Duncan Harley Reviews Footloose – The Musical at His Majesty’s Theatre Aberdeen
A torrent of unstoppable sound and movement swept the globe, empowering youth and challenging oldies.
Barriers of colour and creed turned fluid, and a new politics of expression brought young people together in an explosive mixture of sound, dance and visual art.
Except of course in Elmore City, Garvin County, Oklahoma, where evangelical Protestantism and social conservatism contrived to pretty much ban fun. A Bible Belt town of around 600 souls, Elmore has one graveyard, a Junior School and a High School. It features in the Gideon Book of Historical Places, and seemingly the school mascot is Bogey the Talking Badger.
For reasons no one could even remember, fun in the form of dancing had been banned by local ordnance since 1898. On March 3rd 1980, the Elmore School Board voted 3-2 to allow the class of 1980 to hold a school prom.
In ‘Footloose – The Musical’, Elmore has been re-named Bomont. Dancing is strictly forbidden under Local Ordnance 416, and a classic head-to-head between emerging youth and well-established establishment is defo on the cards.
Those who have seen the 1984 film, and who hasn’t, will be familiar with the plot line. Good lookin’ Chicago boy moves to Bomont, tries to fit in and meets rivalry from peers and opposition from elders. Love blossoms, establishment attitudes soften and compromise comes. Everyone starts to have fun and the art of dance is again legalized.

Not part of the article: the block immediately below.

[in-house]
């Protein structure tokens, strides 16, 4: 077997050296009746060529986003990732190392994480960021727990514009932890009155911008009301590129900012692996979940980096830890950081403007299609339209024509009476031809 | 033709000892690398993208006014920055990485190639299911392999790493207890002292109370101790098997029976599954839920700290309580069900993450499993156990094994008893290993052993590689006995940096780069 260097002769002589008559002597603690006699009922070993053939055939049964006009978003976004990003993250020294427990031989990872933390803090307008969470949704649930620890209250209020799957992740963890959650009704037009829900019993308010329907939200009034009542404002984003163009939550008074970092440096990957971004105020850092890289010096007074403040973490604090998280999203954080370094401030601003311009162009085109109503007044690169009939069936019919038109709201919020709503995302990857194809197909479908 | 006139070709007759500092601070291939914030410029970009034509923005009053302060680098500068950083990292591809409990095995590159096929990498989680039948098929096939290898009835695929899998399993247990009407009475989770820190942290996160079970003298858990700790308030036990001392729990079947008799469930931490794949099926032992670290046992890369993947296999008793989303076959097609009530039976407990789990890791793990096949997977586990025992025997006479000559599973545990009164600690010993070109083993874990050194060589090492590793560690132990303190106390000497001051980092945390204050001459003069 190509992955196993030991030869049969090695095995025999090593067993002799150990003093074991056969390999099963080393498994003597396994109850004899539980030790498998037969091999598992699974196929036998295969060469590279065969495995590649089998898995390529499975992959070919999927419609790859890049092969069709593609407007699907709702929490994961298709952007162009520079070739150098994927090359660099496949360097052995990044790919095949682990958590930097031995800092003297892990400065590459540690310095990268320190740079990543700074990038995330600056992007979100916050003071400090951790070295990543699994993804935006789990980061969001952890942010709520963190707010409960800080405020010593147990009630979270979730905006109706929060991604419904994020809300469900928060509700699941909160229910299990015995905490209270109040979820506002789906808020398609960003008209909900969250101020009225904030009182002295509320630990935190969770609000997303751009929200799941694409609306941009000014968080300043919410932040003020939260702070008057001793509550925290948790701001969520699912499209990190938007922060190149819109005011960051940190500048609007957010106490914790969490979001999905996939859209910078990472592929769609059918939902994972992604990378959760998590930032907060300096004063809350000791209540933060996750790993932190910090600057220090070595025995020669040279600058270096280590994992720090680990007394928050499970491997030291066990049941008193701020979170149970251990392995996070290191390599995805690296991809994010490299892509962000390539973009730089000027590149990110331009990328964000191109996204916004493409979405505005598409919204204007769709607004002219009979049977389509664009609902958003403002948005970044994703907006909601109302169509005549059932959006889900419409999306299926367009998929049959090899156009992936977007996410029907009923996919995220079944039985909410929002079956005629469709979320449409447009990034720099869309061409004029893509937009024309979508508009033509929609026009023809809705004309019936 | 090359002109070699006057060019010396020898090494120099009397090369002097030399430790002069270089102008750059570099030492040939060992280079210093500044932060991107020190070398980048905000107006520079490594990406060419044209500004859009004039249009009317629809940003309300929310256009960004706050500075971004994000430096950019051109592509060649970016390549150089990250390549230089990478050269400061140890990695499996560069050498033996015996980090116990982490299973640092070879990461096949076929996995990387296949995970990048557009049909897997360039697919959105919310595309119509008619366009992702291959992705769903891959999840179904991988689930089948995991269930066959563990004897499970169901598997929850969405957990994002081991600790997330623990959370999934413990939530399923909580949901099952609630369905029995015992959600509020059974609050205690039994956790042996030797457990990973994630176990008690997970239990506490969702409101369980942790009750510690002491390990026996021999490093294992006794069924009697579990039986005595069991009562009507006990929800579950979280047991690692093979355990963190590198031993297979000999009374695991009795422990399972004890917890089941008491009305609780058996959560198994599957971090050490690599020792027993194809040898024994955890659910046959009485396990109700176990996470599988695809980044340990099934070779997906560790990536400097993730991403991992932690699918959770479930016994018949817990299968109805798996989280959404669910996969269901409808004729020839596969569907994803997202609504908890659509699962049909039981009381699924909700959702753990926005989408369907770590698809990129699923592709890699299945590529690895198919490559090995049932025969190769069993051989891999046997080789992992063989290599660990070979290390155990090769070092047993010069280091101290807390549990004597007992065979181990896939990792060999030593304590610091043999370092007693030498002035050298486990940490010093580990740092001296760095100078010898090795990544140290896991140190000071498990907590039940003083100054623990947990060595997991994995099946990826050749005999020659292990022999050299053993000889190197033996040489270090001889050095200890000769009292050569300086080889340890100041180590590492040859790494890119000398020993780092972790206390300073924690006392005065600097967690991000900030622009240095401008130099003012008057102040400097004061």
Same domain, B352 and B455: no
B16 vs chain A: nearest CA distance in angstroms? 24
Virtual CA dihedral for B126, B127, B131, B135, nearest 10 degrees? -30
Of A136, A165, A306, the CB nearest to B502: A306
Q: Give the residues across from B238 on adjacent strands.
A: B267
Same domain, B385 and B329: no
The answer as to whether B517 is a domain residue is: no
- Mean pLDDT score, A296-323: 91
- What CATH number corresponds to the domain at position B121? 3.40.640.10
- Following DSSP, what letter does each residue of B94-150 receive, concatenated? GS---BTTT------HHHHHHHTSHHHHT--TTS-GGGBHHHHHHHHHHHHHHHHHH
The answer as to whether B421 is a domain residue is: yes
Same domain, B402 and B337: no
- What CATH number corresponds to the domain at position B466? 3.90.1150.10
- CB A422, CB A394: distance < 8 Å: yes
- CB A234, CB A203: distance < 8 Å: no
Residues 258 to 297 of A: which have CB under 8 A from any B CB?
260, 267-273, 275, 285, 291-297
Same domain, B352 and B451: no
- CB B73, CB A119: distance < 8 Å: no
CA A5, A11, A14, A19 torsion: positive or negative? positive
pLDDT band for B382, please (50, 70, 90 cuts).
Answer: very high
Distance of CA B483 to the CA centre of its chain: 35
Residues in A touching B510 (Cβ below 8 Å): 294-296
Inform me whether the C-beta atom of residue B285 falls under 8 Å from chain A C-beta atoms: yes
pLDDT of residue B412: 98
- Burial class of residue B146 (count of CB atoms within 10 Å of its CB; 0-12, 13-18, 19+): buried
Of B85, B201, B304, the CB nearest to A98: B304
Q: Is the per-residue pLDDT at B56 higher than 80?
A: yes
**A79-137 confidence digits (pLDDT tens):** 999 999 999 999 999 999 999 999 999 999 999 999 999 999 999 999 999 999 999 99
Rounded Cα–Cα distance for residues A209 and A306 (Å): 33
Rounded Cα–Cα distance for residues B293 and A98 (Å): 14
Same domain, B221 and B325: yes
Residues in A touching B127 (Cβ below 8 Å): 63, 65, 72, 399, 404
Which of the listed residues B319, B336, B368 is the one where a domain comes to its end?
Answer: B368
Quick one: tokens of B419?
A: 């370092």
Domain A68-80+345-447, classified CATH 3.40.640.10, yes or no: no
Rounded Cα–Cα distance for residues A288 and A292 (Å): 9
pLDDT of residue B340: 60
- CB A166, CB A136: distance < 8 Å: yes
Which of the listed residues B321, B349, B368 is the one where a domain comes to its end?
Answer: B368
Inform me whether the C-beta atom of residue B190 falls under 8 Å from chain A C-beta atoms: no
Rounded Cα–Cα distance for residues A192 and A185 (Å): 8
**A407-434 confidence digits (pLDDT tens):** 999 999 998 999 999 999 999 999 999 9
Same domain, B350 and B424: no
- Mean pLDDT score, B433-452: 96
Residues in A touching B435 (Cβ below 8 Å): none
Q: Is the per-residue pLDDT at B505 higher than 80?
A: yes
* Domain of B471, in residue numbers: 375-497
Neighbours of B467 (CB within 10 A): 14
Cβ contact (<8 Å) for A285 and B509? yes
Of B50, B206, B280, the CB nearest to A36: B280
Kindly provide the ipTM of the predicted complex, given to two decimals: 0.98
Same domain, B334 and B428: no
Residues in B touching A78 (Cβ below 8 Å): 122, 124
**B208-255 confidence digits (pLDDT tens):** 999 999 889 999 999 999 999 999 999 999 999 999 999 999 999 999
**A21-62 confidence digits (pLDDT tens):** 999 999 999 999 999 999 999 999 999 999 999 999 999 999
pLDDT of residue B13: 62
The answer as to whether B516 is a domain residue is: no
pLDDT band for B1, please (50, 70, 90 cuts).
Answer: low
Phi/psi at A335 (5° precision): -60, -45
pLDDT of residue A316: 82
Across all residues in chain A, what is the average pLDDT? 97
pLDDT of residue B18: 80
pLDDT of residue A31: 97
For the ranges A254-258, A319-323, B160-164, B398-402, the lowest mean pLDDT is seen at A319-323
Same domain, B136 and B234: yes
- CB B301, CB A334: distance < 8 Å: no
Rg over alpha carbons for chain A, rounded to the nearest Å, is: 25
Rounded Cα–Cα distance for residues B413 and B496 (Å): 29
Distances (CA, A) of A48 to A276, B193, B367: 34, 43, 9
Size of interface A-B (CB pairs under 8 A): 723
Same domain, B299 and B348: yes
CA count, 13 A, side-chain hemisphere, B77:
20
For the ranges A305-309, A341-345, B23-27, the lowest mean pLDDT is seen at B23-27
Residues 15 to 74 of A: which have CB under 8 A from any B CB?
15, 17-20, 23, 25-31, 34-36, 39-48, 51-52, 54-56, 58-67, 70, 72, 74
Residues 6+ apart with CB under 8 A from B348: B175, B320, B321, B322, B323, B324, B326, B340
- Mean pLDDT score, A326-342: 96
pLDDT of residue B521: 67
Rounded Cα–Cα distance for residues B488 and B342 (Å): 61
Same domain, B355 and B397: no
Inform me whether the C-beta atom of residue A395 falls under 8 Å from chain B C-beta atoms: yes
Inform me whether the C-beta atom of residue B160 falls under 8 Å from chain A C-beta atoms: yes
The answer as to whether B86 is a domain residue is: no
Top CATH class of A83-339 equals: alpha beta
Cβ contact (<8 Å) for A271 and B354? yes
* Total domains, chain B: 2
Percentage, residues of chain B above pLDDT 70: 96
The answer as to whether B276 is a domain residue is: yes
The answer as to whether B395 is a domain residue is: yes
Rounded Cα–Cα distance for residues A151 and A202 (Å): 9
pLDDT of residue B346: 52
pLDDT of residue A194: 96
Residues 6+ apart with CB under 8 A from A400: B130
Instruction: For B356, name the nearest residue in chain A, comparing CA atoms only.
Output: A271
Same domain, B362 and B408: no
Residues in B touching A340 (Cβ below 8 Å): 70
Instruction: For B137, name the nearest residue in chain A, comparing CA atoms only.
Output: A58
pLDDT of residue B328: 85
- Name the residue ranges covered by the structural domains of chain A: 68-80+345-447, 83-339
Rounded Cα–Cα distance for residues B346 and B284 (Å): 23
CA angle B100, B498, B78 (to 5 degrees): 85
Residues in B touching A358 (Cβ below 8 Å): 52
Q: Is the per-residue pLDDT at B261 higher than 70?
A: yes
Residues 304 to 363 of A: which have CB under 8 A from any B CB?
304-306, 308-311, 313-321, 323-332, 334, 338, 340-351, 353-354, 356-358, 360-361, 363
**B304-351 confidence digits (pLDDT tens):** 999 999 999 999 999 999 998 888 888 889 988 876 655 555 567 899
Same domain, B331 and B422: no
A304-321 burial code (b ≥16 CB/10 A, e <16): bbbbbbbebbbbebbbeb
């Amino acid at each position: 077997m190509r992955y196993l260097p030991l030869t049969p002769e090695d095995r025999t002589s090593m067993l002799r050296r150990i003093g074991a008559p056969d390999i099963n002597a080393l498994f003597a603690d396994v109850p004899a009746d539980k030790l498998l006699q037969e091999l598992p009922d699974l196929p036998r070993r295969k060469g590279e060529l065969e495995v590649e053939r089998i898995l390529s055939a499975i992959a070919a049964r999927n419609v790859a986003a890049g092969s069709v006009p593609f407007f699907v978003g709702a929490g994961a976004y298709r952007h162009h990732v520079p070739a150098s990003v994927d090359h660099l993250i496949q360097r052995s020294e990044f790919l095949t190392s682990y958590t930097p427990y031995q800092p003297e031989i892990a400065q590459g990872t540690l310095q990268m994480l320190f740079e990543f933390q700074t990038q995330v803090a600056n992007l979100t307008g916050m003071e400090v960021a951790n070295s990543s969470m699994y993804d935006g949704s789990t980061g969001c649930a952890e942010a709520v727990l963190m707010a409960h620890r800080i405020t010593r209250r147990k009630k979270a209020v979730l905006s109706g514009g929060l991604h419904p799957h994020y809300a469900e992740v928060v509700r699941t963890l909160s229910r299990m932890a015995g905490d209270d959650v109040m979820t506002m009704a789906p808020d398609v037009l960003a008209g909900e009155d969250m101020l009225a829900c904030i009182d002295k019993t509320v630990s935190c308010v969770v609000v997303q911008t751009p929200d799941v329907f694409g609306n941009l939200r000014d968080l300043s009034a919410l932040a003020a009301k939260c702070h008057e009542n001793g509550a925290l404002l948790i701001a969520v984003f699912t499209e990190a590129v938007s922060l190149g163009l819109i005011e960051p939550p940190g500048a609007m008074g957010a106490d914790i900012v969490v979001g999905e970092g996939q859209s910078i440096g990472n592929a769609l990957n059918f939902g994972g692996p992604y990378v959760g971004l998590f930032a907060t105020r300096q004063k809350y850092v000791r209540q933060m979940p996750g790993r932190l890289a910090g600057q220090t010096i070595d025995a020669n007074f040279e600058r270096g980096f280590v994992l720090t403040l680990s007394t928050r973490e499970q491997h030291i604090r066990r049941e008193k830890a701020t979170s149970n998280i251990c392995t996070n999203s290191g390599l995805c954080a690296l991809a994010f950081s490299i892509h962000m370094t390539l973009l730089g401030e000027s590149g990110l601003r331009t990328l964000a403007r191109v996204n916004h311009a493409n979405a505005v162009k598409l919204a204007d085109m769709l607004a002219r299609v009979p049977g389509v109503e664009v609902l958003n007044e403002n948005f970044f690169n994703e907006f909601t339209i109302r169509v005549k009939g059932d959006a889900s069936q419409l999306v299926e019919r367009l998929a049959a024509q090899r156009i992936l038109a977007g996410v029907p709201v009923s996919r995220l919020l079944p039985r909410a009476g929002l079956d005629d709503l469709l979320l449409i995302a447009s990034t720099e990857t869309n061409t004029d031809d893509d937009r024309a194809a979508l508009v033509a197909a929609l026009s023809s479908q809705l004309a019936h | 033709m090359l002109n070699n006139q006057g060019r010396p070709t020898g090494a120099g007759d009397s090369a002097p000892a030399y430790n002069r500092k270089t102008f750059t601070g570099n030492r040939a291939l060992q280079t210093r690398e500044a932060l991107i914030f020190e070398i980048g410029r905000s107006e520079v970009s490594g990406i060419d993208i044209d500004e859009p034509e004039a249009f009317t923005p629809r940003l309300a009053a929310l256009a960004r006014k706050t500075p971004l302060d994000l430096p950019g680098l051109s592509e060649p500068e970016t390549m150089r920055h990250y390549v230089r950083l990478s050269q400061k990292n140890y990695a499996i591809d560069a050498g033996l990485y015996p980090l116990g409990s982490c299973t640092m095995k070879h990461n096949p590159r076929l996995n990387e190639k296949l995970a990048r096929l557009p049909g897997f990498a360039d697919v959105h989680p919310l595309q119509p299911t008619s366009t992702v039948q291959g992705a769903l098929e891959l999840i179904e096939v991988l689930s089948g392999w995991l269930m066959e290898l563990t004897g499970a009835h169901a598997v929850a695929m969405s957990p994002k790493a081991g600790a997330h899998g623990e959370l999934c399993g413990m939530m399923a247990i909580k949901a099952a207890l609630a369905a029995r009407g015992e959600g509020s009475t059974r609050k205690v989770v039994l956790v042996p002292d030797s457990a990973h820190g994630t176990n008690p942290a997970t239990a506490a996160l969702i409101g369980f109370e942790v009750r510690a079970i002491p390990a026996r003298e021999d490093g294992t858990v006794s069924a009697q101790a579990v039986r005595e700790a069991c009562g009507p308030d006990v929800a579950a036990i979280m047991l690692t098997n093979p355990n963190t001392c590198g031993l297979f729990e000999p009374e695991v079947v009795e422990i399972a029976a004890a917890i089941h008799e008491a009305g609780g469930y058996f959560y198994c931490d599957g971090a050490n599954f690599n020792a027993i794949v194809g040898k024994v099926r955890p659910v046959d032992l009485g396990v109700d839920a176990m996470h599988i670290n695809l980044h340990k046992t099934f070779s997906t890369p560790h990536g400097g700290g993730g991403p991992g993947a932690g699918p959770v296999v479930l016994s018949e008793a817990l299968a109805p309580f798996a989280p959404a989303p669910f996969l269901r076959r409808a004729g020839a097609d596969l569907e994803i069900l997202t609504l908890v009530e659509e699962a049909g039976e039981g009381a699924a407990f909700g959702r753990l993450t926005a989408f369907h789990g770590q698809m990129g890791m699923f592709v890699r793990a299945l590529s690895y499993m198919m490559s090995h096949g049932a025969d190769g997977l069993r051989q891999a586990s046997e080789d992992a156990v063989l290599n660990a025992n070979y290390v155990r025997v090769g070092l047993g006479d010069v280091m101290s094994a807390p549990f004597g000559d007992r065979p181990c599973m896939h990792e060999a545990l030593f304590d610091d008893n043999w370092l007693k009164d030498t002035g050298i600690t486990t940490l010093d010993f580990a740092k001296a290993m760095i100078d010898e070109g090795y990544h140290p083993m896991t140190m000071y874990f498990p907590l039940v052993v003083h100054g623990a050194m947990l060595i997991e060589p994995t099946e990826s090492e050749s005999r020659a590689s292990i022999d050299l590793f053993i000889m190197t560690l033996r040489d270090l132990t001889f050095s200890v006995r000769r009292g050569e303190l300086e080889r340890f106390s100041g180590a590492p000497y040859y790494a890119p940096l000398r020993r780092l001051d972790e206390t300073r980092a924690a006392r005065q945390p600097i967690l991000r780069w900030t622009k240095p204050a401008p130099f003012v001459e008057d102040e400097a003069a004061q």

The transition from film to stage both retains and builds on the essential energy of the film, and although perhaps a tad slow in the very early scenes, this production builds steadily to a heady audience-engaging climax by the end of Act Two.
Any lingering suspicion that a rock band or two lurks behind the scenes is soon dispelled as Luke Baker’s ‘Ren McCormack’ and Scott Haining’s ‘Cowboy Bob’ strut their stuff and swing those flying guitars.
Even Nigel Lister’s soul-searchingly honest ‘Rev Shaw Moore’ gets in on the musical act with a rousing bass finale.
Add to the mix singer/actor Maureen Nolan as preacher’s wife ‘Vi’, a quorum of swing cowgirls and understudy Luke Thornton’s ‘Willard’ – Gareth Gates was unavailable on first night in Aberdeen – and Footloose really takes off big-time.
With around twenty classic Eighties hits, including ‘Holding Out For A Hero’, ‘Mama Says, Dancing Is Not A Crime’ and the pounding ‘Footloose Finale’, ‘Footloose – The Musical’ served up exactly what the audience wanted, and by the finale had folk dancing wildly in the aisles.
Directed by Racky Plews with David Morgan as Touring Company Stage Manager.
Footloose – The Musical plays at HMT Aberdeen until Saturday 25th June
Tickets from Aberdeen Performing Arts Tel: 01224- 641122
Words © Duncan Harley and Images © APA